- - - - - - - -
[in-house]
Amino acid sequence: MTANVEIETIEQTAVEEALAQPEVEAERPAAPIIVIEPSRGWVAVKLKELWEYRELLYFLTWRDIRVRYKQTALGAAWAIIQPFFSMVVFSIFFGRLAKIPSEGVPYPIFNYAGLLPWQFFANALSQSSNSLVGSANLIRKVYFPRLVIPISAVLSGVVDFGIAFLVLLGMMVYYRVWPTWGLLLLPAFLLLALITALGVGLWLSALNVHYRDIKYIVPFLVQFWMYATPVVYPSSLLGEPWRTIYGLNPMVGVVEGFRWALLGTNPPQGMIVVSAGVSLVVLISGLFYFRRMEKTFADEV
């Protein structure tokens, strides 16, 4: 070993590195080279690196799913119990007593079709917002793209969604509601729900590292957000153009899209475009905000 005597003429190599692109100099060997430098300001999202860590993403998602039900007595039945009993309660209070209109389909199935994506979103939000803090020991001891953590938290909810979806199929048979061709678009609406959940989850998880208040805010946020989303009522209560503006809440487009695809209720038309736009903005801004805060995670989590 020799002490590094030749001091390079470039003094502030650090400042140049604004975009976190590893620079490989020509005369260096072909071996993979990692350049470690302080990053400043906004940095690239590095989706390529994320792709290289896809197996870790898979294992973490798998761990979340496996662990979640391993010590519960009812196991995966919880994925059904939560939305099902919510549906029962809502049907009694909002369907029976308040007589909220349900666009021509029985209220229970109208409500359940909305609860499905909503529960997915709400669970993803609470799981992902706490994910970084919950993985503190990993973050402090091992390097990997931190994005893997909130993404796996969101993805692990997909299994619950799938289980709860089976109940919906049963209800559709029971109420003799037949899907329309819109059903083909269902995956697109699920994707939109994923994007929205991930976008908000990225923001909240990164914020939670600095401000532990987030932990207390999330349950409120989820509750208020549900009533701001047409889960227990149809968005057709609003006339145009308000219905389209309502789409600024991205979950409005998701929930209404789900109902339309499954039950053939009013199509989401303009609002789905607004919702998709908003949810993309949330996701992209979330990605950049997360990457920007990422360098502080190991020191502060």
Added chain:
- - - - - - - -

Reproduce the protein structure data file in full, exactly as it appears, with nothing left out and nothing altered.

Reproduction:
[in-house]
Amino acid sequence: MTANVEIETIEQTAVEEALAQPEVEAERPAAPIIVIEPSRGWVAVKLKELWEYRELLYFLTWRDIRVRYKQTALGAAWAIIQPFFSMVVFSIFFGRLAKIPSEGVPYPIFNYAGLLPWQFFANALSQSSNSLVGSANLIRKVYFPRLVIPISAVLSGVVDFGIAFLVLLGMMVYYRVWPTWGLLLLPAFLLLALITALGVGLWLSALNVHYRDIKYIVPFLVQFWMYATPVVYPSSLLGEPWRTIYGLNPMVGVVEGFRWALLGTNPPQGMIVVSAGVSLVVLISGLFYFRRMEKTFADEV
């Protein structure tokens, strides 16, 4: 070993590195080279690196799913119990007593079709917002793209969604509601729900590292957000153009899209475009905000 005597003429190599692109100099060997430098300001999202860590993403998602039900007595039945009993309660209070209109389909199935994506979103939000803090020991001891953590938290909810979806199929048979061709678009609406959940989850998880208040805010946020989303009522209560503006809440487009695809209720038309736009903005801004805060995670989590 020799002490590094030749001091390079470039003094502030650090400042140049604004975009976190590893620079490989020509005369260096072909071996993979990692350049470690302080990053400043906004940095690239590095989706390529994320792709290289896809197996870790898979294992973490798998761990979340496996662990979640391993010590519960009812196991995966919880994925059904939560939305099902919510549906029962809502049907009694909002369907029976308040007589909220349900666009021509029985209220229970109208409500359940909305609860499905909503529960997915709400669970993803609470799981992902706490994910970084919950993985503190990993973050402090091992390097990997931190994005893997909130993404796996969101993805692990997909299994619950799938289980709860089976109940919906049963209800559709029971109420003799037949899907329309819109059903083909269902995956697109699920994707939109994923994007929205991930976008908000990225923001909240990164914020939670600095401000532990987030932990207390999330349950409120989820509750208020549900009533701001047409889960227990149809968005057709609003006339145009308000219905389209309502789409600024991205979950409005998701929930209404789900109902339309499954039950053939009013199509989401303009609002789905607004919702998709908003949810993309949330996701992209979330990605950049997360990457920007990422360098502080190991020191502060």
Added chain: